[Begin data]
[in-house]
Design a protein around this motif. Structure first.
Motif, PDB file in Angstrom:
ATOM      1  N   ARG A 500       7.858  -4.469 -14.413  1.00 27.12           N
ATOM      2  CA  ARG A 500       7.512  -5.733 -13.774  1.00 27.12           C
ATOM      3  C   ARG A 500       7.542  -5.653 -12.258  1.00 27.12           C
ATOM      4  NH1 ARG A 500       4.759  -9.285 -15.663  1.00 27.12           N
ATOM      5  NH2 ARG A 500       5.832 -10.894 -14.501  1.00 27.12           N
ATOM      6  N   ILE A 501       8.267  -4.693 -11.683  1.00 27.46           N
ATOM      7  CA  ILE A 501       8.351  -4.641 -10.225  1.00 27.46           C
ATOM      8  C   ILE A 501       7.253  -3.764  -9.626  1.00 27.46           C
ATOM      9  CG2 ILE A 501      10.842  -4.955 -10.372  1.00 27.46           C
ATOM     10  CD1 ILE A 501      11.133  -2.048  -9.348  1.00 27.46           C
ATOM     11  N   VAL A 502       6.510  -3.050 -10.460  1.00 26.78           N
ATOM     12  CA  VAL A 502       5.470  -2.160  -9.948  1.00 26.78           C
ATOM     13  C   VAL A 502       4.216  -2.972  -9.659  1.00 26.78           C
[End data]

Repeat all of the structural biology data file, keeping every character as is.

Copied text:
[in-house]
Design a protein around this motif. Structure first.
Motif, PDB file in Angstrom:
ATOM      1  N   ARG A 500       7.858  -4.469 -14.413  1.00 27.12           N
ATOM      2  CA  ARG A 500       7.512  -5.733 -13.774  1.00 27.12           C
ATOM      3  C   ARG A 500       7.542  -5.653 -12.258  1.00 27.12           C
ATOM      4  NH1 ARG A 500       4.759  -9.285 -15.663  1.00 27.12           N
ATOM      5  NH2 ARG A 500       5.832 -10.894 -14.501  1.00 27.12           N
ATOM      6  N   ILE A 501       8.267  -4.693 -11.683  1.00 27.46           N
ATOM      7  CA  ILE A 501       8.351  -4.641 -10.225  1.00 27.46           C
ATOM      8  C   ILE A 501       7.253  -3.764  -9.626  1.00 27.46           C
ATOM      9  CG2 ILE A 501      10.842  -4.955 -10.372  1.00 27.46           C
ATOM     10  CD1 ILE A 501      11.133  -2.048  -9.348  1.00 27.46           C
ATOM     11  N   VAL A 502       6.510  -3.050 -10.460  1.00 26.78           N
ATOM     12  CA  VAL A 502       5.470  -2.160  -9.948  1.00 26.78           C
ATOM     13  C   VAL A 502       4.216  -2.972  -9.659  1.00 26.78           C